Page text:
A 35-year-old leftist presidential contender in Peru who is promising a new constitution to weaken the country's business elite jumped 5 percentage points in a poll and was seen as statistically tied at second with investor-favourite Pedro Pablo Kuczynski.
Veronika Mendoza, a congresswoman and psychologist by training, would win 17.3 percent of valid votes in the April 10 election, compared with Kuczynski's 18.6 percent, according to a mock voting exercise published Friday by local pollster Datum Internacional.
Longtime front-runner Keiko Fujimori, the daughter of imprisoned ex-president Alberto Fujimori, was 8 points short of the 50 percent minimum needed to win outright, according to the results, which excluded the 14.2 percent of blank or spoilt ballots.
The March 28-30 survey of 1,511 people, who received and filled out simulated voting cards, has a margin of error of 2.5 points.
The Datum poll was the first to show Mendoza head-to-head with ideological opponent Kuczynski for second place, which would allow either of them to tap a resurgence of opposition to Fujimori in a likely June run-off.
Peru's sol currency slipped 1.3 percent against the dollar on the news [nL2N17401I] before curbing its losses to about 1 percent.
Fujimori would beat Mendoza by 10 points in a second-round contest with 18 percent of voters undecided, according to Datum. Fujimori and Kuczynski were seen in a dead-heat with 41 and 40 percent of voter intent respectively.
Mendoza has proposed replacing the 1993 constitution, enacted by Alberto Fujimori after he shuttered Congress, with a new one that would allow the government to be more active in the mining-fueled economy.
"Do we want to keep dragging around a constitution written by a dictatorship to guarantee privileges for a few at the expense of the vast majority?" Mendoza said earlier this week.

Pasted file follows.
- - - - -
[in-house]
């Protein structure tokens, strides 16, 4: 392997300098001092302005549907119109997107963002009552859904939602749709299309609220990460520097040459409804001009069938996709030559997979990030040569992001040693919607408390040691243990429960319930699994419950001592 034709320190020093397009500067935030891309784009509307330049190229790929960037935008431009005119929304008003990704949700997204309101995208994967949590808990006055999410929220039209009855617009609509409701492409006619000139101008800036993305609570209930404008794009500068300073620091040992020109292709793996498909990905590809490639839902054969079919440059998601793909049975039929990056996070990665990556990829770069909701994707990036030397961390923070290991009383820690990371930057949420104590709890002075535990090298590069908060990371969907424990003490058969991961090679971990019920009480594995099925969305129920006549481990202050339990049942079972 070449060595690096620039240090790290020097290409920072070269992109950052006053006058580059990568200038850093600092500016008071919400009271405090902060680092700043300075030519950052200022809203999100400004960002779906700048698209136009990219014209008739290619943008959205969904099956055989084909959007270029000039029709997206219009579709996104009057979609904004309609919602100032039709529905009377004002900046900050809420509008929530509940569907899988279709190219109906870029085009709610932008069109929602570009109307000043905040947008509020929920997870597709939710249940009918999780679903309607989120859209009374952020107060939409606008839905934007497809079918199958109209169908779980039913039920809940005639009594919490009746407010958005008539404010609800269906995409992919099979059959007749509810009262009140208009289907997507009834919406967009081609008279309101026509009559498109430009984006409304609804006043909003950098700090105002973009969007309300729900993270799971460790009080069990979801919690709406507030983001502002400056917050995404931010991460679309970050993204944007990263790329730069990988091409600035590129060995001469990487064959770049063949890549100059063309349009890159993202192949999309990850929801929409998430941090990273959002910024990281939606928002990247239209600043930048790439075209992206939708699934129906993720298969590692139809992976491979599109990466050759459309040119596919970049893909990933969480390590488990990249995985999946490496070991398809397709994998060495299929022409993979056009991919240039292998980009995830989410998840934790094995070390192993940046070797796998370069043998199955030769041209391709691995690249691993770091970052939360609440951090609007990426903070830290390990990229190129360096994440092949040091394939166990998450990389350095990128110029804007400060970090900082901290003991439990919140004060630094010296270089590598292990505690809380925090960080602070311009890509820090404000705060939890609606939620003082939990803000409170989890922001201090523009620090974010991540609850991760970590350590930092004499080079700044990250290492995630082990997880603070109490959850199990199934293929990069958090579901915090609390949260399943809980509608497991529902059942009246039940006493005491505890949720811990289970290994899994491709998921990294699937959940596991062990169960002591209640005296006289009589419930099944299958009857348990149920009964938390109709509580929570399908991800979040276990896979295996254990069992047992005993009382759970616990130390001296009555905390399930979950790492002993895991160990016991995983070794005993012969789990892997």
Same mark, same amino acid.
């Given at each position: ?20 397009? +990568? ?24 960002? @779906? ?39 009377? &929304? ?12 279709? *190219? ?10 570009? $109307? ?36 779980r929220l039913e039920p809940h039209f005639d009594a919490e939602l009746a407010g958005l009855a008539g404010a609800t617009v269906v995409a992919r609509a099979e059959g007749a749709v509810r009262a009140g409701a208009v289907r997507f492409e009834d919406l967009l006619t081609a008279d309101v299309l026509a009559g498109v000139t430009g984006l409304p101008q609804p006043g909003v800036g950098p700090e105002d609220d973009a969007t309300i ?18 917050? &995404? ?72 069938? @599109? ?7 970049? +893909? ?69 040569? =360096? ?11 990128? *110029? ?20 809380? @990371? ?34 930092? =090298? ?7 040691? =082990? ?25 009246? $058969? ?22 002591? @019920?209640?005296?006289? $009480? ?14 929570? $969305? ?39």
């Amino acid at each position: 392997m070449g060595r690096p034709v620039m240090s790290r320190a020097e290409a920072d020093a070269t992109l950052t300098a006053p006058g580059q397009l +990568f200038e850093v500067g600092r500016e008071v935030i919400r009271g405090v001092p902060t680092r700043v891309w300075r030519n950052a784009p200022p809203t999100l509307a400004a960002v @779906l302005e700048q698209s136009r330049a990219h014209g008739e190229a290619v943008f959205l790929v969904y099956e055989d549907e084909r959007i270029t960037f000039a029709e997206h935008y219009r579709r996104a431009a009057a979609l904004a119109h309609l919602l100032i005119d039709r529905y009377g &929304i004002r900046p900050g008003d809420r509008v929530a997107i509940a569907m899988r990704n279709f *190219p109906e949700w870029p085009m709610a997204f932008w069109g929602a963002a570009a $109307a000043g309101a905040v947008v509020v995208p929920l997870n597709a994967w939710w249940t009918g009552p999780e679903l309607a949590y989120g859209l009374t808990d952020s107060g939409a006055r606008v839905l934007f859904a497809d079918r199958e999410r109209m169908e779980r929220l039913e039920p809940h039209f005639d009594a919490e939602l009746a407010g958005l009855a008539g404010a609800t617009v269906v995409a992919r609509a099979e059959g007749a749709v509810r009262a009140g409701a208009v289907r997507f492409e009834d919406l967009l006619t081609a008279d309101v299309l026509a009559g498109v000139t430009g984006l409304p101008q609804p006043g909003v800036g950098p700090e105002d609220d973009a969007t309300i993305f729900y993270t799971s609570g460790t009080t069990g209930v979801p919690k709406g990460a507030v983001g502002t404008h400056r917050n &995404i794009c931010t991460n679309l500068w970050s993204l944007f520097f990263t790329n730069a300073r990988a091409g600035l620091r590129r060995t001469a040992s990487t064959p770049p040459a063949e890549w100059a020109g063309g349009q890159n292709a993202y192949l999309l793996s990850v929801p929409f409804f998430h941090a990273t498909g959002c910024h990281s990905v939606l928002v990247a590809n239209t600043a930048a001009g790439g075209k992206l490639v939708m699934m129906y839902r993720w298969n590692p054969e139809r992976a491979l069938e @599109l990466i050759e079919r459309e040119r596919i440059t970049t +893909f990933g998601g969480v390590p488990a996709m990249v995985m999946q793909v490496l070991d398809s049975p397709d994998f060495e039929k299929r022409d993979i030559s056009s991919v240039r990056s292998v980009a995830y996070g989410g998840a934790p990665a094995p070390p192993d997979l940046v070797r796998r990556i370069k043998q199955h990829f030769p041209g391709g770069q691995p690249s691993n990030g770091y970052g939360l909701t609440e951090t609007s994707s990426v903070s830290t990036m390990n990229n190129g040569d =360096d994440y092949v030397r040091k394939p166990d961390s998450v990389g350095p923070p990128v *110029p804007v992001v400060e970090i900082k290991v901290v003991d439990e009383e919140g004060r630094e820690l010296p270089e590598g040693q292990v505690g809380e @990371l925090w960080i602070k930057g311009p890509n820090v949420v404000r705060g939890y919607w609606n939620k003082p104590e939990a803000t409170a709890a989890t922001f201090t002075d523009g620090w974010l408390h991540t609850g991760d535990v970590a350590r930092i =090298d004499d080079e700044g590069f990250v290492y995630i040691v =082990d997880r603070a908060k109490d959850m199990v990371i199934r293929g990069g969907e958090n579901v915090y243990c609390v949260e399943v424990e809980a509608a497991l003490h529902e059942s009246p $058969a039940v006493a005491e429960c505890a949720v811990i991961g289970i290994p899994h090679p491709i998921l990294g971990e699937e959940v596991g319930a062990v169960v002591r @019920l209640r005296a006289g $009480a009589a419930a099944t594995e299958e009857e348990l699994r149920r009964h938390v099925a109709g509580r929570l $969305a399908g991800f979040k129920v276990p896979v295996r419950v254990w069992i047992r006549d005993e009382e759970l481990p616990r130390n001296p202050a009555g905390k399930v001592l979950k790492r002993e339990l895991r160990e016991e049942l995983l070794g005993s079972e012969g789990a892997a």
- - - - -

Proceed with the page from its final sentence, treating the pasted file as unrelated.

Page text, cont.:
"We want deep and true change, we want radical change," she said.
If elected, Mendoza would face an uphill battle pushing her reforms through Peru's single-chamber Congress that will likely be dominated by members of Fujimori's centre-right party.
Mendoza had just one percent of support a month ago and started to rise after two leading candidates were tossed out of the race for breaking electoral rules in a controversial ruling that turned the race on its head.
She was the only leading candidate who climbed in the Datum mock vote from the last one conducted March 17-20.
Mendoza's rise follows widespread criticism of Kuczynski, a 77-year-old former World Bank economist, after he said Mendoza had never done anything "in her dog life."
Mendoza has fought allegations that she would lead a government in the mold of late Venezuelan President Hugo Chavez, and has called for a new Latin American left that envisions an active role for private investments.
President Ollanta Humala's administration ends July 28 and he is constitutionally barred from seeking a second consecutive term.
Peru is a leading minerals producer and is set to become the world's second biggest copper supplier this year.